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Russian boffins race to meteorite crash lake as shard prices go sky-high

Space rock hunters flog fragments at $10,000 a piece

Internet Security Threat Report 2014

Russian boffins have struck out on their own to find fragments of the meteorite that exploded in the sky over Chelyabinsk on Friday morning - amid reports that pieces are fetching as much $10,000.

An expedition found a crater in the ice over Lake Chebarkul, where the scientists believe pieces of the space rock landed.

"The fragments discovered come from the meteorite fusion crust, which means most of the meteorite mass is sunken in the lake," expedition leader Viktor Grokhovsky told news wire Interfax today.

Grokhovsky, of Ural Federal University and the Russian Academy of Sciences' committee on meteorites, said that no team has been officially sent out to look for the meteorite's landing site but as a committee member, he couldn't resist going to have a look.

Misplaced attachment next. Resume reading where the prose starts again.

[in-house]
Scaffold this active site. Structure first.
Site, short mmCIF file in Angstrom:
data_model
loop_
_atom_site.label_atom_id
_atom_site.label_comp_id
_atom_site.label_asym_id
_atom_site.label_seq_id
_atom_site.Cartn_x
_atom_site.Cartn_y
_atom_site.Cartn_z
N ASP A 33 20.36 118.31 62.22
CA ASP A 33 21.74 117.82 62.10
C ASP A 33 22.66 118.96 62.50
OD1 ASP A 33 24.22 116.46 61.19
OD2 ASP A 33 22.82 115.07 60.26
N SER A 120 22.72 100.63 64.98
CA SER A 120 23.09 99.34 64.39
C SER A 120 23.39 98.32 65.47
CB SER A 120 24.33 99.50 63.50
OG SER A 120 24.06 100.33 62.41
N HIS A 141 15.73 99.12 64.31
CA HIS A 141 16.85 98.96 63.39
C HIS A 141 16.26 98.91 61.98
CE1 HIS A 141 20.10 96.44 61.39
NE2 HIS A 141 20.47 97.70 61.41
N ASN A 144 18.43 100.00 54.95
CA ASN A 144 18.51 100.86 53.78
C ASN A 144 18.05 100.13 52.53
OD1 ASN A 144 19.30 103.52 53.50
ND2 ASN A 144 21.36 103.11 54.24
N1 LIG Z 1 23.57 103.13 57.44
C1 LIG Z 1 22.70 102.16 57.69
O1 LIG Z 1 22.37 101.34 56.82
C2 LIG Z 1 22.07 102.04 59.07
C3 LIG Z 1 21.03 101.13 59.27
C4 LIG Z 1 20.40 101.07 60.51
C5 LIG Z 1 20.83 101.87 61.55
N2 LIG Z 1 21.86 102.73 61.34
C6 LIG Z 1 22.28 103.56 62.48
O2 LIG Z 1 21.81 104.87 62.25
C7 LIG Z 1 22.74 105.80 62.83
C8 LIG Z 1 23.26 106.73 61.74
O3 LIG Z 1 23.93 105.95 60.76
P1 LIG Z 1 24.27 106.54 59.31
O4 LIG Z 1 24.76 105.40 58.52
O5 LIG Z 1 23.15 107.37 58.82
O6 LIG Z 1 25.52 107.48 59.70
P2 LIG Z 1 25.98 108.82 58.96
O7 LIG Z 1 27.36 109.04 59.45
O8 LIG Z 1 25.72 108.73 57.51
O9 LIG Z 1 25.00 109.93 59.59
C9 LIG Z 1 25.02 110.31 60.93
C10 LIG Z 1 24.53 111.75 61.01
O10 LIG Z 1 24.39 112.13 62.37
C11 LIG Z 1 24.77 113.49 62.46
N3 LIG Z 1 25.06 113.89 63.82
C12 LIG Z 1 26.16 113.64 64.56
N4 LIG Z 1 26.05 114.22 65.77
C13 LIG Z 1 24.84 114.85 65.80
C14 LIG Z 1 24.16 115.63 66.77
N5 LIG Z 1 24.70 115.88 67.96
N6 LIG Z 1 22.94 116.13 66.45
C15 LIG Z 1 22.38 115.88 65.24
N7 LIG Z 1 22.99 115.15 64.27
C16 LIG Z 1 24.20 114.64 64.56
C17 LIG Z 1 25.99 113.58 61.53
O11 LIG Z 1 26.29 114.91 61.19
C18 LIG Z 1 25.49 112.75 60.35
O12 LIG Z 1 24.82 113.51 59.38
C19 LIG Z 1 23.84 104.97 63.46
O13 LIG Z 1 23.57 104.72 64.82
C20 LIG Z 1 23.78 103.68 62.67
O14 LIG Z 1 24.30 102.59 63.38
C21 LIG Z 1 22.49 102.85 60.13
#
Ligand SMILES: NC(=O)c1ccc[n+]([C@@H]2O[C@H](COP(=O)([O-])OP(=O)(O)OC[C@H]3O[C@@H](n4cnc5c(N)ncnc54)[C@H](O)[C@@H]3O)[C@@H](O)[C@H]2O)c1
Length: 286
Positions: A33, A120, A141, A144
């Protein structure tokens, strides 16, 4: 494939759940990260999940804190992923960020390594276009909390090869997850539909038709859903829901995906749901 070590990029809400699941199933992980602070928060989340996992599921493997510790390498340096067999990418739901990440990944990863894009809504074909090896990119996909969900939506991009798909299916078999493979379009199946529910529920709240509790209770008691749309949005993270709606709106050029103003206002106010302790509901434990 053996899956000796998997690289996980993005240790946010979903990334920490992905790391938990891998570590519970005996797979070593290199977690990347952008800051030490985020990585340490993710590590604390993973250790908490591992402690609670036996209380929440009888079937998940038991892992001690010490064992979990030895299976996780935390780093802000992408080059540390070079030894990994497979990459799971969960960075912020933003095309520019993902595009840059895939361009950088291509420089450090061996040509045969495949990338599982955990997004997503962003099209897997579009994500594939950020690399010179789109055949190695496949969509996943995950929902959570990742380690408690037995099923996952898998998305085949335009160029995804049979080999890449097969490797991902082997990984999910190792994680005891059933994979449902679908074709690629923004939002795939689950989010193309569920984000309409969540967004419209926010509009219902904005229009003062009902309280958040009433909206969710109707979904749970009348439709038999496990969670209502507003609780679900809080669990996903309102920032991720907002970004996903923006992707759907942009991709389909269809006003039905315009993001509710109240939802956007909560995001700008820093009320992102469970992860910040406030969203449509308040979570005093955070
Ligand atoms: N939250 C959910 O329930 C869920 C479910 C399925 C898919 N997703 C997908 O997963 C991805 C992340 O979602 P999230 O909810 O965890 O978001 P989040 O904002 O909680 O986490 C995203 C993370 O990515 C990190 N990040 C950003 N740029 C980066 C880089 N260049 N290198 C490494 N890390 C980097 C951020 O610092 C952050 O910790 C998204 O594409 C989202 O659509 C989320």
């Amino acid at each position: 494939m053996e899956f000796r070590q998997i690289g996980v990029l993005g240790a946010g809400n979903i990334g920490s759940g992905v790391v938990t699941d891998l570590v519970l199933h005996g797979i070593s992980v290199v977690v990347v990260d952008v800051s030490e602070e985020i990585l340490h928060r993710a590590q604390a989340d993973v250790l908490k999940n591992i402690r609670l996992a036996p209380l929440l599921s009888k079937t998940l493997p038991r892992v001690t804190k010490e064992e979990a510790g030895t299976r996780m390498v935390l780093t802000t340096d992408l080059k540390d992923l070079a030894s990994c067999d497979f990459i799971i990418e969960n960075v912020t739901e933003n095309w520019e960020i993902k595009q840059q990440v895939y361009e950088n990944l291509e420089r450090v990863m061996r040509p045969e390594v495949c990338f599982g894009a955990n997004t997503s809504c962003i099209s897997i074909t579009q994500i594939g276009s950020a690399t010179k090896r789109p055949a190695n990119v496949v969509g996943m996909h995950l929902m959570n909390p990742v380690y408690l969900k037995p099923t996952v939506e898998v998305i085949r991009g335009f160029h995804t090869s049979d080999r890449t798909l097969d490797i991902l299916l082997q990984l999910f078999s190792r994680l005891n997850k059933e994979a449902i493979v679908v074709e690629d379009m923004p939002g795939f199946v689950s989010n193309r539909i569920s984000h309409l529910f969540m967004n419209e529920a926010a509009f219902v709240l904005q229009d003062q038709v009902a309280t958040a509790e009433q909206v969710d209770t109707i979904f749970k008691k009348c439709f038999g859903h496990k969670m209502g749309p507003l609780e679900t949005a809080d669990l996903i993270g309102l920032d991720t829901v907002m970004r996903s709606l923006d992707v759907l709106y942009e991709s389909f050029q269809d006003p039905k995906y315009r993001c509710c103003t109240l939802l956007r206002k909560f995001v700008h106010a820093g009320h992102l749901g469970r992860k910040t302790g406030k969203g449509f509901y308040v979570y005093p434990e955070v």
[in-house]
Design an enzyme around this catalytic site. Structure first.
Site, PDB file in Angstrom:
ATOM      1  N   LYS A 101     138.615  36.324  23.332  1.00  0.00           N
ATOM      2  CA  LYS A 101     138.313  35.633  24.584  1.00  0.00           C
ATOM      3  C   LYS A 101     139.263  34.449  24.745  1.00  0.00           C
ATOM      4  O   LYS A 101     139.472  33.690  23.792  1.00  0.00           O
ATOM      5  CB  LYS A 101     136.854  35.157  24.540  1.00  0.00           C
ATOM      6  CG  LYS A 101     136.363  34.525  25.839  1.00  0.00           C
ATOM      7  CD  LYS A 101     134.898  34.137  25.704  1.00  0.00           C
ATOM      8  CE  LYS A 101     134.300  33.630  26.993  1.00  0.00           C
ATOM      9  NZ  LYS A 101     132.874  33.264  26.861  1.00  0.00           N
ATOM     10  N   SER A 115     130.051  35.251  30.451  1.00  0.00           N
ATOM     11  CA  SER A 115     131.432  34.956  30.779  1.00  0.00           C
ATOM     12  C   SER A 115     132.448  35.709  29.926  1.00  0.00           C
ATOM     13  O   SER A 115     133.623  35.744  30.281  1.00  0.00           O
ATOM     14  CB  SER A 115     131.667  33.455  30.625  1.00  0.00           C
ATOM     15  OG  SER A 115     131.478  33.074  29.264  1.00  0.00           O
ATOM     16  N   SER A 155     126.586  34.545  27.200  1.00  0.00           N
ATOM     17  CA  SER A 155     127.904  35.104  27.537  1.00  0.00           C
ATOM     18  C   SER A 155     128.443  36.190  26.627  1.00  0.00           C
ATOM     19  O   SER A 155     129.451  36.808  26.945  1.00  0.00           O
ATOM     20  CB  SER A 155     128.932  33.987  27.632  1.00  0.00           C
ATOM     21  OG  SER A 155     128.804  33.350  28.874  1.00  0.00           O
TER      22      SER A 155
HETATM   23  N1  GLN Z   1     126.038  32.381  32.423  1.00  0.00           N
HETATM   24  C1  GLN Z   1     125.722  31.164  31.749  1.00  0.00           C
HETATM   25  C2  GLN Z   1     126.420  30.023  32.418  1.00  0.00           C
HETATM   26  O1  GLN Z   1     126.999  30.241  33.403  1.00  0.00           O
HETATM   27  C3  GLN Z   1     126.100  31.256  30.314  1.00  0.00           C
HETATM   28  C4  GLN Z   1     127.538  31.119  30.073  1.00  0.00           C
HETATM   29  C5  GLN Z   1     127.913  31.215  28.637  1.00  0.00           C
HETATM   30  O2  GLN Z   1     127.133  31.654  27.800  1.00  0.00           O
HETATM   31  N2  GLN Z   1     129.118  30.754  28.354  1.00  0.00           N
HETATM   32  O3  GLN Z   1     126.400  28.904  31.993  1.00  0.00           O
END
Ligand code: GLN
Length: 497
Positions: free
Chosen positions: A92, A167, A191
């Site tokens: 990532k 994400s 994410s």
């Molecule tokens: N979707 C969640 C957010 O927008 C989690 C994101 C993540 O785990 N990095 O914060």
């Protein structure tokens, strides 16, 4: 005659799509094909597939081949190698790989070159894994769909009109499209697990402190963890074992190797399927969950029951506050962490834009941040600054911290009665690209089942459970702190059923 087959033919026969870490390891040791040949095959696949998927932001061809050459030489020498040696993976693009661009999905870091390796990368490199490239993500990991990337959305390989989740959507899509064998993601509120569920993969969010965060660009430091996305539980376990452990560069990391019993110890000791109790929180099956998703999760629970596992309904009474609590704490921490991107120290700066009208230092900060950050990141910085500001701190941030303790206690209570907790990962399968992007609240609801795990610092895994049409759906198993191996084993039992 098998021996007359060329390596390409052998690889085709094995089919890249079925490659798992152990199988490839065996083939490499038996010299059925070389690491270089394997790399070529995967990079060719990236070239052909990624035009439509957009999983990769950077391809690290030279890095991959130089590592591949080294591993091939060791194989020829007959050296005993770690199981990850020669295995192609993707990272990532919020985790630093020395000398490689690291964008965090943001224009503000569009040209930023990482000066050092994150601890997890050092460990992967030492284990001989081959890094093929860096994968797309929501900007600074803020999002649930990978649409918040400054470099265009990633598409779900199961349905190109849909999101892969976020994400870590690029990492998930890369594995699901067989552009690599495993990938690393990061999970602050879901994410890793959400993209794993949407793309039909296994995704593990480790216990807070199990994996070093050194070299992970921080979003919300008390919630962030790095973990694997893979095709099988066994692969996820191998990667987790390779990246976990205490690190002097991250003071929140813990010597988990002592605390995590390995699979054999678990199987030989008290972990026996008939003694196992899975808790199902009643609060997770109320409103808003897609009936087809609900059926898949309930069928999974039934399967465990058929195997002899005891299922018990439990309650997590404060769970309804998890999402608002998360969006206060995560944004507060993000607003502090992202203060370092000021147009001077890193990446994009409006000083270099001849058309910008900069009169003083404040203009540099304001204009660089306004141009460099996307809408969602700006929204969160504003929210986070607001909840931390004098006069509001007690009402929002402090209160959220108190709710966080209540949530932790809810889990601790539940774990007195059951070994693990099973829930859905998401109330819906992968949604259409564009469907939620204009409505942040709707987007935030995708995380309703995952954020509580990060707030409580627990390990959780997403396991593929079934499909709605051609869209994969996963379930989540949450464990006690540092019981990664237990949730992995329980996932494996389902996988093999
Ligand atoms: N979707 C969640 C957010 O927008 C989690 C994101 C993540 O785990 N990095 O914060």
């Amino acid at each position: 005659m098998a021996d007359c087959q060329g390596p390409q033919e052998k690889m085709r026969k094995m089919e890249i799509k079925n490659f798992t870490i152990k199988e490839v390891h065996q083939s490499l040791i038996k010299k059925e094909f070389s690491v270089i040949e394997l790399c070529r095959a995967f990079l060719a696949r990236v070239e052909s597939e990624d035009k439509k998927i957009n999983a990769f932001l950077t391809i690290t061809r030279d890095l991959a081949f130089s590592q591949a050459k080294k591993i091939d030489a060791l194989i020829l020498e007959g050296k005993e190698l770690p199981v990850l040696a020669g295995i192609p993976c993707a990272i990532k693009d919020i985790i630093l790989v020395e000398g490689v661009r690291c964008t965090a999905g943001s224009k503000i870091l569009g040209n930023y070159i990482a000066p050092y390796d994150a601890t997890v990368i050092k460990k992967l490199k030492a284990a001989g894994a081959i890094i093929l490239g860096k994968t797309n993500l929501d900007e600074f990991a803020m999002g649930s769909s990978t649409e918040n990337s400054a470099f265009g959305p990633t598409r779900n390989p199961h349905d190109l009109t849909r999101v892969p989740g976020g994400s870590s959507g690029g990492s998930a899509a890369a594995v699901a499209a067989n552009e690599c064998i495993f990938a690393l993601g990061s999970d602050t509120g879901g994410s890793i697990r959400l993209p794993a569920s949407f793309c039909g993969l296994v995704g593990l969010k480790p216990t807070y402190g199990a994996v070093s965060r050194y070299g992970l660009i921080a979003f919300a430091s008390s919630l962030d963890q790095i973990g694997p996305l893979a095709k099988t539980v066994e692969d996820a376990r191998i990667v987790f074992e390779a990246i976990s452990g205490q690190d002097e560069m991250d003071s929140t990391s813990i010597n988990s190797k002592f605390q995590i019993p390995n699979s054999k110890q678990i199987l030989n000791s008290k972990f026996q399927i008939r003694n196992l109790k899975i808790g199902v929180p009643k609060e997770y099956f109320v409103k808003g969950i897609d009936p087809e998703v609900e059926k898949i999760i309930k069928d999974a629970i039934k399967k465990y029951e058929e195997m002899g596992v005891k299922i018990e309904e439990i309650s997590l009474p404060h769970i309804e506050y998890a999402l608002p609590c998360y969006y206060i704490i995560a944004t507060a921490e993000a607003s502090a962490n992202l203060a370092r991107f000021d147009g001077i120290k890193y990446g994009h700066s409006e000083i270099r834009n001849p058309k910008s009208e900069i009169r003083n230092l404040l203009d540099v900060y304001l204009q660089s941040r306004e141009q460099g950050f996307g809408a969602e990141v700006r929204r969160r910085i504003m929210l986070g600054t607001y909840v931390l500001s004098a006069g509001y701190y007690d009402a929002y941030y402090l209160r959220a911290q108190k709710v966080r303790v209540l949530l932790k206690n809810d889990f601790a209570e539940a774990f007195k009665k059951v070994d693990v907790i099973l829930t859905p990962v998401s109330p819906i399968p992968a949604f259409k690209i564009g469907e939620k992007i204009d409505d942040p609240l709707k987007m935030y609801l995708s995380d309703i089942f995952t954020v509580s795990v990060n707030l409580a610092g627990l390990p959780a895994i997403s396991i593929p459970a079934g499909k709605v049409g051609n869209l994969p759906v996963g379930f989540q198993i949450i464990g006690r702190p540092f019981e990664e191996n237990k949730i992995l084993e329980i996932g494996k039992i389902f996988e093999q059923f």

He thinks that the fragment under the lake is probably 50cm to 60cm long, while the team has found tiny pieces around 50mm in diameter in the snow around the crater. That is likely to mean that there are other meteorite drop zones out there.

Some reports suggest that there's a "meteorite rush" around the city of Chelyabinsk, with groups of people searching for chunks of the space rock that could be worth thousands of roubles.

Russia's largest online classifieds site Avito.ru is filling up with ads for pieces of the Chelyabinsk meteorite, selling for anything from a thousand roubles (£21/$33) to 300,000 roubles (£6,400/$9,900).

NASA's revised estimates put the space rock's diameter at 17m (55ft) before it hit the Earth's atmosphere with a weight of 10,000 tons. The space agency said that nearly 500 kilotons of energy had been released when the meteorite streaked through the sky over Russia.

"The infrasound data indicates that the event, from atmospheric entry to the meteor's airborne disintegration took 32.5 seconds," NASA said. ®

Internet Security Threat Report 2014

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